Mitsuhashi H1, Yamashita S, Ikeuchi H, Kuroiwa T, Kaneko Y, Hiromura K, Ueki K, Nojima Y.
    Author information
    Abstract
    Sulfite, which is known as a major constituent of volcanic gas, is endogenously produced in mammals, and its concentration in serum is increased in patients with pneumonia. It has been reported that sulfite is produced by oxidation from hydrogen sulfide (H2S) as an intermediate in the mammalian body. The objective of this study was to investigate the ability of reactive oxygen species from neutrophils to produce sulfite from H2S. Sulfite production from activated neutrophils stimulated with N-formyl-methionyl-leucyl-phenylalanine gradually increased with an increased concentration of sodium hydrosulfide (NaHS) in the medium. The production of sulfite was markedly suppressed with an NADPH oxidase inhibitor, diphenyleneiodonium. When NaHS was added to the supernatant of activated neutrophils, a significant amount of sulfite was synthesized in the test tubes. Furthermore, when a medium containing NaHS was incubated with a water-soluble radical initiator, 2,2′-azobis-(amidinopropane) dihydrochloride, sulfite was formed in the solution and this increase was markedly suppressed by ascorbic acid. Finally, we determined serum concentrations of sulfite and H2S in an in vivo model of neutrophil activation induced by systemic injection of lipopolysaccharide (LPS) into rats. We found a significant increase in serum sulfite and H2S after LPS injection. Importantly, coadministration of ascorbic acid with LPS further increased serum H2S but suppressed sulfite levels. This finding implies that oxidative stress-dependent conversion of H2S to sulfite might occur in vivo. Thus, the oxidation of H2S is a novel sulfite production pathway in the inflammatory condition, and this chemical synthesis might be responsible for the upregulation of sulfite production in inflammatory conditions such as pneumonia.
    PMID: 16317383

    1. Interesting. Can you shed more light on the mechanism? Doesn’t sound so much like producing thiamin deficiency as raising the need for thiamin.

      Chris

  4. Hi Chris,

    First of all, thanks for putting this material together. However, my general biology and chemistry knowledge is quite rusty, so I was wondering if you can recommend a resource (perhaps one of the courses on Kahn Academy?) to use in relearning the fundamentals to get the most out of this course as well as future courses?

    Thanks!

    1. Hi Jeff, Khan Academy is pretty good. Right now I’m releasing a class in energy metabolism where I review basic chemistry concepts as I go along. Perhaps if enough people want it, I could even do basic courses.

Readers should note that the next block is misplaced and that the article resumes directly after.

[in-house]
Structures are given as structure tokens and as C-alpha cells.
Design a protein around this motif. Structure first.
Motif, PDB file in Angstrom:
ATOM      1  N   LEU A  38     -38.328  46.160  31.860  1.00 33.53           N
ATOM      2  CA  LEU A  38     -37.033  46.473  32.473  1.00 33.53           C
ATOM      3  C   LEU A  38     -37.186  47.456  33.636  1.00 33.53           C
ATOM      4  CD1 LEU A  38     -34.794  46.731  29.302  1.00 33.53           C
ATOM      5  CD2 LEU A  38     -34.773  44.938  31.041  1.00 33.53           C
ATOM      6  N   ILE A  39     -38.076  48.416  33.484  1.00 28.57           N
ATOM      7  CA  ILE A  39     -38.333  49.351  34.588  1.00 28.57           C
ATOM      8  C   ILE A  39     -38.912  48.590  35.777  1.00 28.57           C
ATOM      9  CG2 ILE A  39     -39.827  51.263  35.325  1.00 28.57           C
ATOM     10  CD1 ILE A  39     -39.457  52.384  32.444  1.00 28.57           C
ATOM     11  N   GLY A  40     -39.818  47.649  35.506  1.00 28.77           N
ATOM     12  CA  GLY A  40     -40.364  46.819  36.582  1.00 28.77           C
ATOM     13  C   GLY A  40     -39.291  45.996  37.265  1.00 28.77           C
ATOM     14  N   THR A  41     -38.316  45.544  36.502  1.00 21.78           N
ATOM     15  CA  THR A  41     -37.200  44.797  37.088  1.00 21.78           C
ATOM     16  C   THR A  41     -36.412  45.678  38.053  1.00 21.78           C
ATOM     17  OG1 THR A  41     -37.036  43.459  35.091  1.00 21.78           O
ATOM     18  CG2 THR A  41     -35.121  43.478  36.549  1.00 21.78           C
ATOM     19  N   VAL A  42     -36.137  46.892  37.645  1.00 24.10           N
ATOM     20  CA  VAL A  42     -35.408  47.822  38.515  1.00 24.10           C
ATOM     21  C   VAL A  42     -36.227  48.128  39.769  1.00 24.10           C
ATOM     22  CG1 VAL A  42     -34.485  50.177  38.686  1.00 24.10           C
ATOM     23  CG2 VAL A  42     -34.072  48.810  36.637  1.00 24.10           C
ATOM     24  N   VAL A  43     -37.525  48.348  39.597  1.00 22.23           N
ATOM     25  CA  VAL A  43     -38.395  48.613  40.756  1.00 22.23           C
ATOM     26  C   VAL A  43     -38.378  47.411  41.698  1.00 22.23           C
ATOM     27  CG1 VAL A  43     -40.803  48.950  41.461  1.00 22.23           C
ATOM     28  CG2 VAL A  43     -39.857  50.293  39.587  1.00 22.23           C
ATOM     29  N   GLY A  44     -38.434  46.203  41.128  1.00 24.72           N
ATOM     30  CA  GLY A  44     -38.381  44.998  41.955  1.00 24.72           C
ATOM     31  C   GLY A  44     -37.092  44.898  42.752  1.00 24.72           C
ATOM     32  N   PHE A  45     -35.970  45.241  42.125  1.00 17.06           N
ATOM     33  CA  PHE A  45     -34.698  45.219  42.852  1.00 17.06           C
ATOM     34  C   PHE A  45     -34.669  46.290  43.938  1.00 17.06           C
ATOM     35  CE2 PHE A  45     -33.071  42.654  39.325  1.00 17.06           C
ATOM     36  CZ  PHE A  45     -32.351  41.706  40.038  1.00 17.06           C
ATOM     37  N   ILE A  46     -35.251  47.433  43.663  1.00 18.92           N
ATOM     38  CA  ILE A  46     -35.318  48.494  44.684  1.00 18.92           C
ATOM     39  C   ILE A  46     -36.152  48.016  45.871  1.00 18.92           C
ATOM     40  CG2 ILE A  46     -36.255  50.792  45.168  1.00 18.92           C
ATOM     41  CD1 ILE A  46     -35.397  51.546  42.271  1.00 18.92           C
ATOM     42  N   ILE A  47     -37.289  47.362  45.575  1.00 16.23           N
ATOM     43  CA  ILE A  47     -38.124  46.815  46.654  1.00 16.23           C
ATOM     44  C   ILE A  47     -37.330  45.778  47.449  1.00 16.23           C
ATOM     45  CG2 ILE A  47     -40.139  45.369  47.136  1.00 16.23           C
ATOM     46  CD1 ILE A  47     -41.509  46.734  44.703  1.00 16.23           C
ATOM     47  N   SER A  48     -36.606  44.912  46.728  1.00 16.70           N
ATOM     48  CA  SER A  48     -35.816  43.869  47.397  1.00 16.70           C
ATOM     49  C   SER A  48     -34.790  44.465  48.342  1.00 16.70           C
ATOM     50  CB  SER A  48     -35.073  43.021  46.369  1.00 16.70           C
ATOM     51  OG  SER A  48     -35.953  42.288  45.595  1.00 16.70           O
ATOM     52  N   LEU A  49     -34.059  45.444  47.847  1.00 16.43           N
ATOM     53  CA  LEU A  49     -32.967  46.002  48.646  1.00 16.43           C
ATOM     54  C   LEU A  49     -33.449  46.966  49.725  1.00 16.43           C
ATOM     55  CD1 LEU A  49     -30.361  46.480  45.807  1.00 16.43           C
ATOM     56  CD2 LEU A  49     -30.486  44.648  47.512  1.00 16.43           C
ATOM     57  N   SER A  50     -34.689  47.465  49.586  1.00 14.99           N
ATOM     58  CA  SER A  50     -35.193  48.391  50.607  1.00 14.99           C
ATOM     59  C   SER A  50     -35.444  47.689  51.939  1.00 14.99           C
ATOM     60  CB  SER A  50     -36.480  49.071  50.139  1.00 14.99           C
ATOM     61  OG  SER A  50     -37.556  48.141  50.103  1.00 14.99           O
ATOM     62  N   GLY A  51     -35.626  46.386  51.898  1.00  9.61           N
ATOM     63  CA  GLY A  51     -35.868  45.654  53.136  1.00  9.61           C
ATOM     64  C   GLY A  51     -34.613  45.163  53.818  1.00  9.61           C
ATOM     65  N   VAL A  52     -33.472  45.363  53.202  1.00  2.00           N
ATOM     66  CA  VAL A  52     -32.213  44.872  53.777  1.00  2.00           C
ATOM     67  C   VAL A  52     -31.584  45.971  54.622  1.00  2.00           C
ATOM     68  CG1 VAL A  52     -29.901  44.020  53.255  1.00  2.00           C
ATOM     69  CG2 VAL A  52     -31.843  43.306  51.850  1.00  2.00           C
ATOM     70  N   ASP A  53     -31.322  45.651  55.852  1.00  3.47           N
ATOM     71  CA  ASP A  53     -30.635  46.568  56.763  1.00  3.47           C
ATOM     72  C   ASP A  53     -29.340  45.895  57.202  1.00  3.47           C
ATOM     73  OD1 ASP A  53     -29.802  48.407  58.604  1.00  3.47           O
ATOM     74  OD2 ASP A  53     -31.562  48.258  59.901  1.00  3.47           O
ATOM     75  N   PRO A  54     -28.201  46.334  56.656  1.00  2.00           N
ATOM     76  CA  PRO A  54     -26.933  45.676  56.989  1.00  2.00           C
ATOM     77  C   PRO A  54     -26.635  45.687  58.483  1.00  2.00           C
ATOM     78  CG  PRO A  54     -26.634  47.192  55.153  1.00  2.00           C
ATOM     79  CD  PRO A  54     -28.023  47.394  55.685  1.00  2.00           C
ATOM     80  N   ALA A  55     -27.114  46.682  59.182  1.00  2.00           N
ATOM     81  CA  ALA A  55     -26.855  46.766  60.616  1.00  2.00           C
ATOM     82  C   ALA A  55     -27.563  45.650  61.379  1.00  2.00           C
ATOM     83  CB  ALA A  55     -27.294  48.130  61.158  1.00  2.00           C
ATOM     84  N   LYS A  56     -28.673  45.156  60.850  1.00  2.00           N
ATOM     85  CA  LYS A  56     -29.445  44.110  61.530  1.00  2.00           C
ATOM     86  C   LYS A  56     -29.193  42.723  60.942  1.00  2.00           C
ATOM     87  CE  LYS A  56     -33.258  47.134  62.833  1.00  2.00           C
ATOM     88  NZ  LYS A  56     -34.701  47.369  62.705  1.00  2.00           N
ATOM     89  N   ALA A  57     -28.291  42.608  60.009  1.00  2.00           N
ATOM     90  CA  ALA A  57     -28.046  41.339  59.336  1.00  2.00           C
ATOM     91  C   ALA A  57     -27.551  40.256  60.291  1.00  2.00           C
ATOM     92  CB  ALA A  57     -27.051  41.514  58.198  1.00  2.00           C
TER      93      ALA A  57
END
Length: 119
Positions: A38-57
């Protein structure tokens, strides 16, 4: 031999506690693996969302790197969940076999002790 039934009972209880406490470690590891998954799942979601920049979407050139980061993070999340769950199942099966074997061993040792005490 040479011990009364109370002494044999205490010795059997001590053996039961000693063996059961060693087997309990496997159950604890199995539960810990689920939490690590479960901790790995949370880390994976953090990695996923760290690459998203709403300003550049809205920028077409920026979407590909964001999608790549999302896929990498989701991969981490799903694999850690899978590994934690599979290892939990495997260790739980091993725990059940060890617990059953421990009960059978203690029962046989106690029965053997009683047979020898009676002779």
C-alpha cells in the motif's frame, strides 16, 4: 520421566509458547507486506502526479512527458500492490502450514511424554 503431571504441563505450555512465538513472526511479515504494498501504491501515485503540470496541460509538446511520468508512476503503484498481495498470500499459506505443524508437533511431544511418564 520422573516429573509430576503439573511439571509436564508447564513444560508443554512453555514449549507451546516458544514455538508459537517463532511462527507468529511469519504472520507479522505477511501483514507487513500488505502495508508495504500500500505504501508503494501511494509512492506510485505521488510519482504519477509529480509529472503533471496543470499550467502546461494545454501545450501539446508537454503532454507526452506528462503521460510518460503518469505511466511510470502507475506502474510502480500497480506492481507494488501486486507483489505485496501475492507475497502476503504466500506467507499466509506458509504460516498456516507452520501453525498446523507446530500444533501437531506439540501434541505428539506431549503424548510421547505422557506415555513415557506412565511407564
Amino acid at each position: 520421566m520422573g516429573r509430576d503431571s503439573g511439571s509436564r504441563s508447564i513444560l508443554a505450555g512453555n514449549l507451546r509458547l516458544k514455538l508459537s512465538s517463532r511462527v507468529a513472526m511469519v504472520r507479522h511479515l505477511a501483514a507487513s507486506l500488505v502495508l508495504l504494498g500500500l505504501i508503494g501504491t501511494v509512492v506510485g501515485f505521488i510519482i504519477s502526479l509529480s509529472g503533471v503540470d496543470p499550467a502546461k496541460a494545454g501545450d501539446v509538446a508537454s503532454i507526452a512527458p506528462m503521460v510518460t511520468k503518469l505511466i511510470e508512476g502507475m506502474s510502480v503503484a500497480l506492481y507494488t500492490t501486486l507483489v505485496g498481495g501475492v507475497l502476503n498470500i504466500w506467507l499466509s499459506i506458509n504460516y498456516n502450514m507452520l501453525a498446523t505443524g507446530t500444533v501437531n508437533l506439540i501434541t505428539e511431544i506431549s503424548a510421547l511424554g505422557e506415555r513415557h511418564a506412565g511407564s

5. Hi Chris, Excellent series. I have one area I would ask you to clear up if you can. You seem to be inferring that omega-3 is as bad as omega-6 with regard to oxidation potential in human tissues. You may not be inferring this. I have a copy of your How Essential Are the Essential
    Fatty Acids? paper. I have also read a lot of Bill Lands work including:
    Consequences of Essential Fatty Acids https://www.ncbi.nlm.nih.gov/pmc/articles/PMC3475243/
    Historical perspectives on the impact of n-3 and n-6 nutrients on health https://www.sciencedirect.com/science/article/pii/S0163782714000253
    Healthy intakes of n−3 and n−6 fatty acids: estimations considering worldwide diversity https://ajcn.nutrition.org/content/83/6/S1483.full
    and lots of others.
    All of these articles indicate are large benefit in reducing the omega-6 intake and maintaining a healthy ratio between omega-3 and omega-6.
    In Consequences of Essential Fatty Acids Bill Lands states “Tissue phospholipids undergo a continual remodeling process that allows cellular membranes to fairly rapidly accumulate HUFA at the 2-position.” He mentions this 2-position a couple of times. I get the impression that its going to have either omega-9, 6, or 3 on it and it should be a majority of omega-3. Am I reading it correctly and if so does that mean we are best to ensure we get enough (not much) omega-3 and 6 to create the correct HUFA balance.
    Although Bill Lands also says we don’t need much of either 3 or 6 he doesn’t talk about excess omega 3 as a problem. If the eaten in the correct ratio within reasonable amounts wouldn’t any excess of just be used as energy?

    1. Hi Adrian, you’re creating a conflict between different things that have no conflict between them. Omega-3 fatty acids are more vulnerable to peroxidation than omega-six because they have more double bonds. You don’t cite any arguments otherwise. You simply state that Bill Lands has pointed out problems with not getting enough omega-3 and has not pointed out problems of getting too much. First of all, one is a question of chemistry and the other of nutrition. Second, I don’t know why Bill Lands didn’t point out that they are vulnerable to peroxidation, but this isn’t even slightly controversial. The net effect of consuming them in the diet can be very controversial, because the number of peroxidizable carbons is not the only thing that relates to human health, and isn’t even the only thing that relates to the question of whether they will become peroxidized. But they are still very peroxidizable.